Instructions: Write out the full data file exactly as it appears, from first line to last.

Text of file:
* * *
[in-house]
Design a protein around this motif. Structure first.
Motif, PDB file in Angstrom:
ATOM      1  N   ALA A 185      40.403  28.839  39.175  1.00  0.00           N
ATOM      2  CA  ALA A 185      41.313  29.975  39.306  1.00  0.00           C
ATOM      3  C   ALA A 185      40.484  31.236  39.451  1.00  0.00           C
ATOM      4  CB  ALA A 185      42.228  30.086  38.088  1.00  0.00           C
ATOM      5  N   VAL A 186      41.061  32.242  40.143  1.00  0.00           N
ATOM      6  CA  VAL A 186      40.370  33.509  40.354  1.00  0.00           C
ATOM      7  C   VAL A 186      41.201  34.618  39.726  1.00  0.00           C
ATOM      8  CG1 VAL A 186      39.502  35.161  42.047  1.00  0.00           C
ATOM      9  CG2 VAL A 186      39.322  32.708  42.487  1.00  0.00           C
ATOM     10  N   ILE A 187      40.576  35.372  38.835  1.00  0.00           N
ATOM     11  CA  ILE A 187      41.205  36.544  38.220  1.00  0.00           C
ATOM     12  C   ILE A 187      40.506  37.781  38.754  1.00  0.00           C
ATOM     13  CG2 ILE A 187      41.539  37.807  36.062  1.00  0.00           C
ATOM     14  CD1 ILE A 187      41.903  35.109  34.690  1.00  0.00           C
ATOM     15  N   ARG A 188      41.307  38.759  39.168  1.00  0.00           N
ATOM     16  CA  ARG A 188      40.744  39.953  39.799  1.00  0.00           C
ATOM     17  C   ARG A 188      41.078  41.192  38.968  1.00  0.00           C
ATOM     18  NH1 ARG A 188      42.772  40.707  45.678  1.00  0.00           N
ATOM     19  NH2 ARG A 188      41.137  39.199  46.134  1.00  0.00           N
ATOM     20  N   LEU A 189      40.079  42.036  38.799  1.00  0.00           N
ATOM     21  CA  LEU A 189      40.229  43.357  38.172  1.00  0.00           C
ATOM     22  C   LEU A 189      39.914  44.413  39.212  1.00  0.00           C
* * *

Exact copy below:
[in-house]
Design a protein around this motif. Structure first.
Motif, PDB file in Angstrom:
ATOM      1  N   ALA A 185      40.403  28.839  39.175  1.00  0.00           N
ATOM      2  CA  ALA A 185      41.313  29.975  39.306  1.00  0.00           C
ATOM      3  C   ALA A 185      40.484  31.236  39.451  1.00  0.00           C
ATOM      4  CB  ALA A 185      42.228  30.086  38.088  1.00  0.00           C
ATOM      5  N   VAL A 186      41.061  32.242  40.143  1.00  0.00           N
ATOM      6  CA  VAL A 186      40.370  33.509  40.354  1.00  0.00           C
ATOM      7  C   VAL A 186      41.201  34.618  39.726  1.00  0.00           C
ATOM      8  CG1 VAL A 186      39.502  35.161  42.047  1.00  0.00           C
ATOM      9  CG2 VAL A 186      39.322  32.708  42.487  1.00  0.00           C
ATOM     10  N   ILE A 187      40.576  35.372  38.835  1.00  0.00           N
ATOM     11  CA  ILE A 187      41.205  36.544  38.220  1.00  0.00           C
ATOM     12  C   ILE A 187      40.506  37.781  38.754  1.00  0.00           C
ATOM     13  CG2 ILE A 187      41.539  37.807  36.062  1.00  0.00           C
ATOM     14  CD1 ILE A 187      41.903  35.109  34.690  1.00  0.00           C
ATOM     15  N   ARG A 188      41.307  38.759  39.168  1.00  0.00           N
ATOM     16  CA  ARG A 188      40.744  39.953  39.799  1.00  0.00           C
ATOM     17  C   ARG A 188      41.078  41.192  38.968  1.00  0.00           C
ATOM     18  NH1 ARG A 188      42.772  40.707  45.678  1.00  0.00           N
ATOM     19  NH2 ARG A 188      41.137  39.199  46.134  1.00  0.00           N
ATOM     20  N   LEU A 189      40.079  42.036  38.799  1.00  0.00           N
ATOM     21  CA  LEU A 189      40.229  43.357  38.172  1.00  0.00           C
ATOM     22  C   LEU A 189      39.914  44.413  39.212  1.00  0.00           C